Is there hybridization between diploid and tetraploid Euphrasia in a secondary contact zone?
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American Journal of Botany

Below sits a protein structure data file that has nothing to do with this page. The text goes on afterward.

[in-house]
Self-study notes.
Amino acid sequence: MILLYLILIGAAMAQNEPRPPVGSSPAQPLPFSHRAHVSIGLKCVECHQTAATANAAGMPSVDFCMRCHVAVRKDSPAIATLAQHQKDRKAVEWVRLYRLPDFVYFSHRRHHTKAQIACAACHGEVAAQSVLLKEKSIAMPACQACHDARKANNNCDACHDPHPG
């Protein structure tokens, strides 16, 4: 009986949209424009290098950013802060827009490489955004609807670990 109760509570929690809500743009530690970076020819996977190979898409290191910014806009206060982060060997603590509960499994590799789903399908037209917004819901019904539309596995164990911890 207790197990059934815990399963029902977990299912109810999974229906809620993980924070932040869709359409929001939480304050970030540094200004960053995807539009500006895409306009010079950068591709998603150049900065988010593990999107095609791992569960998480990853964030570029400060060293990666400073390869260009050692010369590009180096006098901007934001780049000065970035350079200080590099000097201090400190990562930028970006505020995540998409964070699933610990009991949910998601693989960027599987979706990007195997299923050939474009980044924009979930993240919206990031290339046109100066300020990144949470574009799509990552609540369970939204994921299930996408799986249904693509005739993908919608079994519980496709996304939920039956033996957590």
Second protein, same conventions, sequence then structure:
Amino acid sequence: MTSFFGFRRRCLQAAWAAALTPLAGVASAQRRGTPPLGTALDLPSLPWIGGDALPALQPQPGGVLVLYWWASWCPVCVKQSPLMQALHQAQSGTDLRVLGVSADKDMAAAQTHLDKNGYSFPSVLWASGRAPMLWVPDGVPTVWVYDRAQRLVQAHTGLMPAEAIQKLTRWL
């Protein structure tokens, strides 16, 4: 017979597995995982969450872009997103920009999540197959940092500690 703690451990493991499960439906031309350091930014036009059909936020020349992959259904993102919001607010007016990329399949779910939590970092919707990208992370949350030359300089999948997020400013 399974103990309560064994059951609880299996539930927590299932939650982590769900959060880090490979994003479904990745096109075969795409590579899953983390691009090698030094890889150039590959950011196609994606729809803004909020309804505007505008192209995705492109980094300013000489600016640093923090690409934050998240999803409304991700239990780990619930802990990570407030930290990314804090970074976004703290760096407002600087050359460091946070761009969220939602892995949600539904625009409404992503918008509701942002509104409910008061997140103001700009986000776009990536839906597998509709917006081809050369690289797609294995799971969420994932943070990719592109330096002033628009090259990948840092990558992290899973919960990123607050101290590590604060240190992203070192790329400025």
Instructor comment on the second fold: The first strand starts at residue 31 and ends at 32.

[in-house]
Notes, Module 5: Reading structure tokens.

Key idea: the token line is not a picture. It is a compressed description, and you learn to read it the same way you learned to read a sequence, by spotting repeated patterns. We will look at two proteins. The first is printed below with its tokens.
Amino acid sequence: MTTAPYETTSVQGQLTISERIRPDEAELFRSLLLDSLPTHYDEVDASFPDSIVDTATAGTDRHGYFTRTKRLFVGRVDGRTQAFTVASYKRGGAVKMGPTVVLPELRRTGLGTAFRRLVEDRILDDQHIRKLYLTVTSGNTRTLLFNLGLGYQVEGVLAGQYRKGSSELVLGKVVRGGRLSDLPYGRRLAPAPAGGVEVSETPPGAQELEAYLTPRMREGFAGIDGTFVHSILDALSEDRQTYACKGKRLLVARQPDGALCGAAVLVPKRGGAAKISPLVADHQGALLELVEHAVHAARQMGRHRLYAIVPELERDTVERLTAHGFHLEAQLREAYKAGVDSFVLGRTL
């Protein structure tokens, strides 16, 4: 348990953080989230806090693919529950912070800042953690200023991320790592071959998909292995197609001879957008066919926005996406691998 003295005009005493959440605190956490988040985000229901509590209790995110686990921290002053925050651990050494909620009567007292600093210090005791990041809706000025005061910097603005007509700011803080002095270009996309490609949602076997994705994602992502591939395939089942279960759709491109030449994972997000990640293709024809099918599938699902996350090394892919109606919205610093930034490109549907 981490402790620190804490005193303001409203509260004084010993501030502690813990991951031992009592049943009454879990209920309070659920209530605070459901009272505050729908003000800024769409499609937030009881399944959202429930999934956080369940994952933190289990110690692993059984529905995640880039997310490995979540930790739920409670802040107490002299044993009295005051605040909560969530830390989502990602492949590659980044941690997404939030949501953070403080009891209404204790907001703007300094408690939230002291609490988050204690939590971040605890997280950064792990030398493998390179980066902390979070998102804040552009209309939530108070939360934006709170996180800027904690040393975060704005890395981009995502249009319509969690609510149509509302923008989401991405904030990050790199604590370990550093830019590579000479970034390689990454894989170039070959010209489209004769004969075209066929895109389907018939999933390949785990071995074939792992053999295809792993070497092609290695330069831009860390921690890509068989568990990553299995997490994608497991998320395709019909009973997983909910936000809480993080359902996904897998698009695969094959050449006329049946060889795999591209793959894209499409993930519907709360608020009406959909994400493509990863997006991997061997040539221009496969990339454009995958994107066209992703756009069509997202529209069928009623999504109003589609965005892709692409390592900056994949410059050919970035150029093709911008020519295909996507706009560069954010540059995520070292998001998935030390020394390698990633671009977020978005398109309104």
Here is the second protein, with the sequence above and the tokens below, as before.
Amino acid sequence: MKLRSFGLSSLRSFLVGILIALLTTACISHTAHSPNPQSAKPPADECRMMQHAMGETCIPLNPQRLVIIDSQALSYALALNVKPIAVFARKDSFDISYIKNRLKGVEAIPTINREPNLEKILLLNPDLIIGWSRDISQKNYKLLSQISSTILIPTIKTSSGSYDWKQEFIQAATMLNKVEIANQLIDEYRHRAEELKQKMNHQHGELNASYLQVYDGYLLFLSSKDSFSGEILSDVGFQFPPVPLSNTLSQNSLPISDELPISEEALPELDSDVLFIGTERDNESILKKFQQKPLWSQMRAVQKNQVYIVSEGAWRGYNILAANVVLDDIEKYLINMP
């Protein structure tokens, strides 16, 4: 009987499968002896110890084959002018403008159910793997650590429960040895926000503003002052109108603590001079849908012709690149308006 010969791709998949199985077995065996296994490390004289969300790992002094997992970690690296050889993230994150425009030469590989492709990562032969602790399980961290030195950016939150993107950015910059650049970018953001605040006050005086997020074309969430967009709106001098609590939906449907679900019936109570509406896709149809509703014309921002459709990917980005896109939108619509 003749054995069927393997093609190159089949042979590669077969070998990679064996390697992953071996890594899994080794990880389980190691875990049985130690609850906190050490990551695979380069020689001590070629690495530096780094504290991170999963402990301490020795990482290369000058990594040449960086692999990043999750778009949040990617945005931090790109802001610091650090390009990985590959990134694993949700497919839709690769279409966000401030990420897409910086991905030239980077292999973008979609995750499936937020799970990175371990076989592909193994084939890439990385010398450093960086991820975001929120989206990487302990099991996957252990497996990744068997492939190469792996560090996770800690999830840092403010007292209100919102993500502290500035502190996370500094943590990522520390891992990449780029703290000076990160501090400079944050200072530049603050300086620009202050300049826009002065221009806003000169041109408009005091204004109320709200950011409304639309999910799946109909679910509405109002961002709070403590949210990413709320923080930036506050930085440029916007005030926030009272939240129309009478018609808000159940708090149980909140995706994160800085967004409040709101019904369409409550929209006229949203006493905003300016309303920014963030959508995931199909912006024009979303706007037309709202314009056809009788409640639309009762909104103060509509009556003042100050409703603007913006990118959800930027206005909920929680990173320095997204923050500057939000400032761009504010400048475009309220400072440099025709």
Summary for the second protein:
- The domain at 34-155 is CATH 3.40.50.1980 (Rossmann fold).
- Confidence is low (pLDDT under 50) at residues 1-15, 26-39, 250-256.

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Abstract. Premise. Strong postzygotic reproductive isolating barriers are usually expected to limit the extent of natural hybridization between species with contrasting ploidy. However, genomic sequencing has revealed previously overlooked examples of natural cross-ploidy hybridization in some flowering plant genera, suggesting that the phenomenon may be more common than once thought. We investigated potential cross-ploidy hybridization in British eyebrights (Euphrasia, Orobanchaceae), a group from which 13 putative cross-ploidy hybrid combinations have been reported based on morphology. Methods. We analyzed a contact zone between diploid Euphrasia rostkoviana and tetraploid E. arctica in Wales. We sequenced part of the internal transcribed spacer (ITS) of nuclear ribosomal DNA and used genotyping by sequencing (GBS) to look for evidence of cross-ploidy hybridization and introgression. Results. Common variant sites in the ITS region were fixed between diploids and tetraploids, indicating a strong barrier to hybridization. Clustering analyses of 356 single-nucleotide polymorphisms (SNPs) generated using GBS clearly separated samples by ploidy and revealed strong genetic structure (FST = 0.44). However, the FST distribution across all SNPs was bimodal, indicating potential differential selection on loci between diploids and tetraploids. Demographic inference suggested potential gene flow, limited to around one or fewer migrants per generation. Conclusions. Our results suggest that recent cross-ploidy hybridization is rare or absent in a site of secondary contact in Euphrasia. While a strong ploidy barrier prevents hybridization over ecological timescales, such hybrids may form in stable populations over evolutionary timescales, potentially allowing cross-ploidy introgression to take place.
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